The Sisterhood of the Travelling Pants by Ann Brashares

Published: 11th September 2001 (print)/14th May 2010  (audio) Goodreads badge
Publisher:
 Delacorte Press/Bolinda audiobooks
Pages: 294 pages/1 disc
Narrator: Angela Goethals
Format: Audiobook
Genre: Young Adult
★   ★  – 2 Stars

Carmen got the jeans at a thrift shop. They didn’t look all that great: they were worn, dirty, and speckled with bleach. On the night before she and her friends part for the summer, Carmen decides to toss them. But Tibby says they’re great. She’d love to have them. Lena and Bridget also think they’re fabulous. Lena decides that they should all try them on. Whoever they fit best will get them. Nobody knows why, but the pants fit everyone perfectly. Even Carmen (who never thinks she looks good in anything) thinks she looks good in the pants. Over a few bags of cheese puffs, they decide to form a sisterhood and take the vow of the Sisterhood of the Traveling Pants . . . the next morning, they say good-bye. And then the journey of the pants — and the most memorable summer of their lives — begins. 

Possible spoilers, I have a few thoughts to get off my chest.

I finally get around to reading this book and discover I’m not a big fan. It took a long time to get used to the audiobook version; the narrator wasn’t the best, but I kept going. I tried very hard to focus on the story and try to judge whether my displeasure was based on the narration or the story, and I do think I didn’t like the story as much as I thought I would. I even thought I should switch to the book to see if it made a different but it wouldn’t’ve.

The general story was good. The idea was sound and it is laid out well plot wise, the quotes and breaking up the POVs with letters between the girls was good (poor audio narration didn’t help with breaking up each girl’s story but that’s a different issue). I don’t know, there’re just so many questions I had through this book. Ok, so we can’t wash the magic pants, but they get sweated in, pond water gets on them, and a bunch of stuff. I can imagine after three months they’re gonna need a wash, no matter how super close and wonderful these four are as friends, gross, smelly jeans is not pleasant. Not to mention creepy moments where the 15 (but almost 16 we keep being reminded) girl is trying to seduce and bed a 19 year old. Which, I dunno, maybe if you are 15 you think is cool cause he’s older, but as a non 15 year old it’s creepy.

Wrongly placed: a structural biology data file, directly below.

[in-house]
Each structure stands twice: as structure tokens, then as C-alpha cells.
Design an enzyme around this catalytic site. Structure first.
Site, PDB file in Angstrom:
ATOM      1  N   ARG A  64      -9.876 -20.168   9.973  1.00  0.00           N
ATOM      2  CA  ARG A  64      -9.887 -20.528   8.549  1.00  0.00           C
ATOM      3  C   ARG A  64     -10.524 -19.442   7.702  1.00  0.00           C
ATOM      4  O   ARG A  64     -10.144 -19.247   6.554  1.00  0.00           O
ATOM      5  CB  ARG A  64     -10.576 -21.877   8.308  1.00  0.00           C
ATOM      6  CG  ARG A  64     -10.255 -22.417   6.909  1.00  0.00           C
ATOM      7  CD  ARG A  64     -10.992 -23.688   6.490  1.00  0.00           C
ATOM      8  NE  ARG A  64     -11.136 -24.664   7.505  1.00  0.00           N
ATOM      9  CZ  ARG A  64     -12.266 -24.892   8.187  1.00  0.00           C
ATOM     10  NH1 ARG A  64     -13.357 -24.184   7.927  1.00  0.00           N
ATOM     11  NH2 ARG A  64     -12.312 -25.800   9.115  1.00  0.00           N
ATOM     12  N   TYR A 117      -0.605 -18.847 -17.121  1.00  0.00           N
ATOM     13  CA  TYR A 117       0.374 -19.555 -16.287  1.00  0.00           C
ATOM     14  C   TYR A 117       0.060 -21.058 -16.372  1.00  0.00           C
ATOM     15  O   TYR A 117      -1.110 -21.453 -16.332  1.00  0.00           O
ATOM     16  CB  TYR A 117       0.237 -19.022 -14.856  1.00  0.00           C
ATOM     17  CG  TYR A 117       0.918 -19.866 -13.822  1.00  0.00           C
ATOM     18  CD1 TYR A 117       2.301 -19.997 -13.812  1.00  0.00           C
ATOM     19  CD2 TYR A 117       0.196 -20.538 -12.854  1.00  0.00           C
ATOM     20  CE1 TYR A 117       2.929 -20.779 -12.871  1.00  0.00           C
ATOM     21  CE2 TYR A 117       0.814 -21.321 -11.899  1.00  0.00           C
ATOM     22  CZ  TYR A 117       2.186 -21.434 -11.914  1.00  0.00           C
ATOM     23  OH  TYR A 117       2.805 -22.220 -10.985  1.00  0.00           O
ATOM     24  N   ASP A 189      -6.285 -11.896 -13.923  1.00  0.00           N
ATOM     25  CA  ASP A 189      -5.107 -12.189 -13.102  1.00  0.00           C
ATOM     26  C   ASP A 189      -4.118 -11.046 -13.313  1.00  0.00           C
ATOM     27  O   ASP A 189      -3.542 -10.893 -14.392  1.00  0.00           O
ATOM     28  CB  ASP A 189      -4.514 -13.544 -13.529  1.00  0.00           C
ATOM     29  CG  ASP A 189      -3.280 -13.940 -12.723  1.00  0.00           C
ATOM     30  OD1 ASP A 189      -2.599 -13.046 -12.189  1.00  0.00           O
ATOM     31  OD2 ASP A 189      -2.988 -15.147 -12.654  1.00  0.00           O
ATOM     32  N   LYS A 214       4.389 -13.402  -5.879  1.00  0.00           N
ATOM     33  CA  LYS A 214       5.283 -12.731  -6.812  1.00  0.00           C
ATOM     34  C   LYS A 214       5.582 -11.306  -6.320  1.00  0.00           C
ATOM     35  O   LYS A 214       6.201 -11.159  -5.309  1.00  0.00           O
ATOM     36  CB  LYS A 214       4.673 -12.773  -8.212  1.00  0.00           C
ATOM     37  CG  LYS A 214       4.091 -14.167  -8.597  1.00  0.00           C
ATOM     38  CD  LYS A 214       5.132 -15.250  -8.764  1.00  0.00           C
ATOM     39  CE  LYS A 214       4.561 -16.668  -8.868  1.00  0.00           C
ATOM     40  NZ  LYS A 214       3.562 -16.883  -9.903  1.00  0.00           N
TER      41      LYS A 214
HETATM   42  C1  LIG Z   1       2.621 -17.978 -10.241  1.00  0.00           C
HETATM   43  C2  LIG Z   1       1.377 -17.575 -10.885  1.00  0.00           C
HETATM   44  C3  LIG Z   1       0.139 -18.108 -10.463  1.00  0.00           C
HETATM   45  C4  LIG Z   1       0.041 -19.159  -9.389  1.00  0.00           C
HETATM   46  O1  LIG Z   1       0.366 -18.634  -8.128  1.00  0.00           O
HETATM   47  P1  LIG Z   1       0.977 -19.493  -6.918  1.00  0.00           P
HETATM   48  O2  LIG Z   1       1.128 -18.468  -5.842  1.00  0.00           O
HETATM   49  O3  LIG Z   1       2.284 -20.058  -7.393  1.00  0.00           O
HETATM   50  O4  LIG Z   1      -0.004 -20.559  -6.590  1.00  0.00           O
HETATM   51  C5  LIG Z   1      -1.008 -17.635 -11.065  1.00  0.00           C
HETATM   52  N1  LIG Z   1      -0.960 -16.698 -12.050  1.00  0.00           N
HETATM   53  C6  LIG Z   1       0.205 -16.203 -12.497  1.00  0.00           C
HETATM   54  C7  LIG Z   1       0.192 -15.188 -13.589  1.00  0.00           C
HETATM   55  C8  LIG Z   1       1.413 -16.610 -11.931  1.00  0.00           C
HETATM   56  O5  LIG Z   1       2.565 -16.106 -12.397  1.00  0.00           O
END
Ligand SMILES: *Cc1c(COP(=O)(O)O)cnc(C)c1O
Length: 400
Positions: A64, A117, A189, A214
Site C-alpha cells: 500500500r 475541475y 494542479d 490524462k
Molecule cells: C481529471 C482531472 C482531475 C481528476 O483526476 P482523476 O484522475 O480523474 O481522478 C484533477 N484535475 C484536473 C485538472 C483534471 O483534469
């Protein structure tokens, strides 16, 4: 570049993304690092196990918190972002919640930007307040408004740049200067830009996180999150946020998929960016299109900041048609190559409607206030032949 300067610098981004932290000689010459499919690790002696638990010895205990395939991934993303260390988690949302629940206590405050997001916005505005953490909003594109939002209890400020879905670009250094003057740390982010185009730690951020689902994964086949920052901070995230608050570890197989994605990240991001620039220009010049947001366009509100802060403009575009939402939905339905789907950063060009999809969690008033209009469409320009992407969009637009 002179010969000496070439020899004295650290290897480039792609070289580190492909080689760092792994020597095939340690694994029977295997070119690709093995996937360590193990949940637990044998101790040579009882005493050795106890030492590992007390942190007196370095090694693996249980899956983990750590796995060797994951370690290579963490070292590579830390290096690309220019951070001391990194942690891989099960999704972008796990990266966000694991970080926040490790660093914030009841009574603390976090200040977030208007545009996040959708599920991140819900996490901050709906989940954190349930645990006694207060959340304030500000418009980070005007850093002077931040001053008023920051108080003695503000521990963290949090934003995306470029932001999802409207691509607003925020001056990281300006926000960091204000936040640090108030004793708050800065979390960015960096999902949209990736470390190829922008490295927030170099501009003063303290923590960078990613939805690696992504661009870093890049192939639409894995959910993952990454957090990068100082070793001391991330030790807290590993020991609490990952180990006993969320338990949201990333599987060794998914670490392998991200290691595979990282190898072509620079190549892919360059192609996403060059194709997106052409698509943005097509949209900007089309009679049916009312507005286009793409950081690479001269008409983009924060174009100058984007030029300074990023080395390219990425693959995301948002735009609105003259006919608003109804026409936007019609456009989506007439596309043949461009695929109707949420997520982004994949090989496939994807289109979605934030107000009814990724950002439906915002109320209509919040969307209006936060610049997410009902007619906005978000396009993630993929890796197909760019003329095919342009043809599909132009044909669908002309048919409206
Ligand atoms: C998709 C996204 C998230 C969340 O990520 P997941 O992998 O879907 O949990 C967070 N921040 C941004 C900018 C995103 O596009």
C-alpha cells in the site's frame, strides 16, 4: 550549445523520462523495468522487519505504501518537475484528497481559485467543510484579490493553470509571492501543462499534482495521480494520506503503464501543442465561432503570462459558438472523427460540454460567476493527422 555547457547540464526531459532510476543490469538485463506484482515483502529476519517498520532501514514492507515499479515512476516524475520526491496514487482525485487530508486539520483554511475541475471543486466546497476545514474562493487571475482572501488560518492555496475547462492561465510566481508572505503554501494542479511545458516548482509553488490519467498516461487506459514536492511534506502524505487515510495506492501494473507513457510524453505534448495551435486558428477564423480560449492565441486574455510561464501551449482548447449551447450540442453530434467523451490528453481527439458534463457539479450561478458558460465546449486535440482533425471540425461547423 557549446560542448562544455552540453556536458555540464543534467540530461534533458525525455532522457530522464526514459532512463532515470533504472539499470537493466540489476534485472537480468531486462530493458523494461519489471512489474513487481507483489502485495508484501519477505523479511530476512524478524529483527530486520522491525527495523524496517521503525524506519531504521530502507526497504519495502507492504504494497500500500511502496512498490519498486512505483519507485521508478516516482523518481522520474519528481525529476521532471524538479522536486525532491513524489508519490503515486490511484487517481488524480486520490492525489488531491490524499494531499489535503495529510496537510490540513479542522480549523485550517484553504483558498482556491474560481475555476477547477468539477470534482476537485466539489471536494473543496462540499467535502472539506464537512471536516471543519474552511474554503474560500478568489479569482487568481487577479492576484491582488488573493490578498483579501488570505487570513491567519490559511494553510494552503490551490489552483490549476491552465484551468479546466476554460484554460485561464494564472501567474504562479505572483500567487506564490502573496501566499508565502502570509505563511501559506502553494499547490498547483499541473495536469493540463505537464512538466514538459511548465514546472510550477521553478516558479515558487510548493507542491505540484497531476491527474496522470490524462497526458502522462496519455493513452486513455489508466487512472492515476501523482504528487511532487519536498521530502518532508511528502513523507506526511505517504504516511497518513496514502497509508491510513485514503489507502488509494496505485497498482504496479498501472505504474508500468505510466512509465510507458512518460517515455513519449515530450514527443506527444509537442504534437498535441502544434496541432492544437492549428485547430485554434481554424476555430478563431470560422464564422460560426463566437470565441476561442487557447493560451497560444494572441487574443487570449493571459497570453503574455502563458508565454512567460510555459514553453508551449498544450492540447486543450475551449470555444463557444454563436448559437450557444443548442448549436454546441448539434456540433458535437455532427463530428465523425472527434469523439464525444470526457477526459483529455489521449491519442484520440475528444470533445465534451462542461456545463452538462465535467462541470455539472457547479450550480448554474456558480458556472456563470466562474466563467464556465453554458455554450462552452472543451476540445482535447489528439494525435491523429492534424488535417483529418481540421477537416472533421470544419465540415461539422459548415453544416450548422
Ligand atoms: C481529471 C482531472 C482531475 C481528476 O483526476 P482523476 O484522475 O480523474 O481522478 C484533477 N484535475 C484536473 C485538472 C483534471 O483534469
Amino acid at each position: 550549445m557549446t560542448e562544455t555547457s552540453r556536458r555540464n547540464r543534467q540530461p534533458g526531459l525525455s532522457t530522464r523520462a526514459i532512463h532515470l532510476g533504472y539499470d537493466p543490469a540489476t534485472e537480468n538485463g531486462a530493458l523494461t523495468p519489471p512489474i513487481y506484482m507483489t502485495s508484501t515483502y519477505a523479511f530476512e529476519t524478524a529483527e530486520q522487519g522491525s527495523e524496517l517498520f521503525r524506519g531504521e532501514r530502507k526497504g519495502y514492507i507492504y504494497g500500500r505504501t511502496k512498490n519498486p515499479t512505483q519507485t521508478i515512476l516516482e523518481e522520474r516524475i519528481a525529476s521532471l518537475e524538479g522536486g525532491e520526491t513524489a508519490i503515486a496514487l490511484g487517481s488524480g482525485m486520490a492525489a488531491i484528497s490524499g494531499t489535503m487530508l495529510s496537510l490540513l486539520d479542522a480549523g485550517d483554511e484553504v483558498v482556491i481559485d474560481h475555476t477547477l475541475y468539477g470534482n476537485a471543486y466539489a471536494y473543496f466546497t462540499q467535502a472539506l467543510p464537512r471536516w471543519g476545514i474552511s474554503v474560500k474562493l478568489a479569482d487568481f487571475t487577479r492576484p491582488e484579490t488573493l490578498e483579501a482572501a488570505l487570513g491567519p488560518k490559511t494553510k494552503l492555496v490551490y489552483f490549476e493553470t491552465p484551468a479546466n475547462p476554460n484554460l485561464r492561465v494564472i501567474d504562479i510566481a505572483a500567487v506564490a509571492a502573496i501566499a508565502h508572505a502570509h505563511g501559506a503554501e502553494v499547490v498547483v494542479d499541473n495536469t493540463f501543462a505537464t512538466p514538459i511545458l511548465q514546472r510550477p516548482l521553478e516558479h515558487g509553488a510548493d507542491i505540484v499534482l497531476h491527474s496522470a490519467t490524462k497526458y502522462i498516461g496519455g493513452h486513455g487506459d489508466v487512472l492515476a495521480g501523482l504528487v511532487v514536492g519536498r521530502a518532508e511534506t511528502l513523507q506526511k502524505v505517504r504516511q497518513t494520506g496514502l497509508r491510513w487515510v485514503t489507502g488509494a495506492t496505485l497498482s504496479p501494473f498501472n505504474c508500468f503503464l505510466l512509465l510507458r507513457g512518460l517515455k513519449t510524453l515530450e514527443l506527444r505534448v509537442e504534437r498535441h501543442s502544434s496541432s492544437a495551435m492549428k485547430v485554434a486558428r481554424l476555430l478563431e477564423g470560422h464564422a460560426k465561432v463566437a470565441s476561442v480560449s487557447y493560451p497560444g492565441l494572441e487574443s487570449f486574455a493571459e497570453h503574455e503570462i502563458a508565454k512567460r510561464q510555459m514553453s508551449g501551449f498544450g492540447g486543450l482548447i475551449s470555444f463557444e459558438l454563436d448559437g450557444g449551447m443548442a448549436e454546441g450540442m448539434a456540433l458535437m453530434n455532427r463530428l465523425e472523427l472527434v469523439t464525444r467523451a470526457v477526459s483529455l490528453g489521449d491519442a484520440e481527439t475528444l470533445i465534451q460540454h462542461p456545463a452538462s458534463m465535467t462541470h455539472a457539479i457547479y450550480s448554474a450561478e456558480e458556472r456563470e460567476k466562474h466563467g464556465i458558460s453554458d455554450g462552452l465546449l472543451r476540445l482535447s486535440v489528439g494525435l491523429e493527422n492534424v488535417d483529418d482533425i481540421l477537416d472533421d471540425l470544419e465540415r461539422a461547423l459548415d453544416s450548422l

The language was very…creative. There’s a strong use of metaphors and descriptions, so many analogies and flowery language that seemed unnatural. When something could be stated simply it had to have a weird analogy out of the blue that seemed convoluted and unnecessary. I’m not against using these in books, it works and that’s what they’re there for, but Brashares goes over the top in my opinion, they spring up out of nowhere and there’s far too many of them.

In terms of characters, I think the only character and storyline I actually liked was Tibby. She seemed to be the only one who grew up, who changed for the better. The other three had variations of change but it was so minor it didn’t count. I didn’t like Bridgette and wasn’t a fan of her storyline, and the other two had their moments where they were ok but mostly annoyed me. But, they are only 15 in the book which I had to remind myself, but still.

I may have to rewatch the movie because I can’t even remember if it’s anything like the book. Perhaps I’ll enjoy that more.

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The Best Exotic Marigold Hotel or These Foolish Things by Deborah Moggach

book-bite

Published: 15th April 2005 (print)/ 1st April 2013  (audio) Goodreads badge
Publisher:
 Vintage/Clipper audiobooks
Pages: 288 pages/1 disc
Narrator: Nina Wadia
Format: Audiobook
Genre: Contemporary Fiction
★   ★  – 2 Stars

When Ravi Kapoor, an overworked London doctor, reaches the breaking point with his difficult father-in-law, he asks his wife: “Can’t we just send him away somewhere? Somewhere far, far away.” His prayer is seemingly answered when Ravi’s entrepreneurial cousin sets up a retirement home in India, hoping to re-create in Bangalore an elegant lost corner of England. Several retirees are enticed by the promise of indulgent living at a bargain price, but upon arriving, they are dismayed to find that restoration of the once sophisiticated hotel has stalled, and that such amenities as water and electricity are . . . infrequent. But what their new life lacks in luxury, they come to find, it’s plentiful in adventure, stunning beauty, and unexpected love.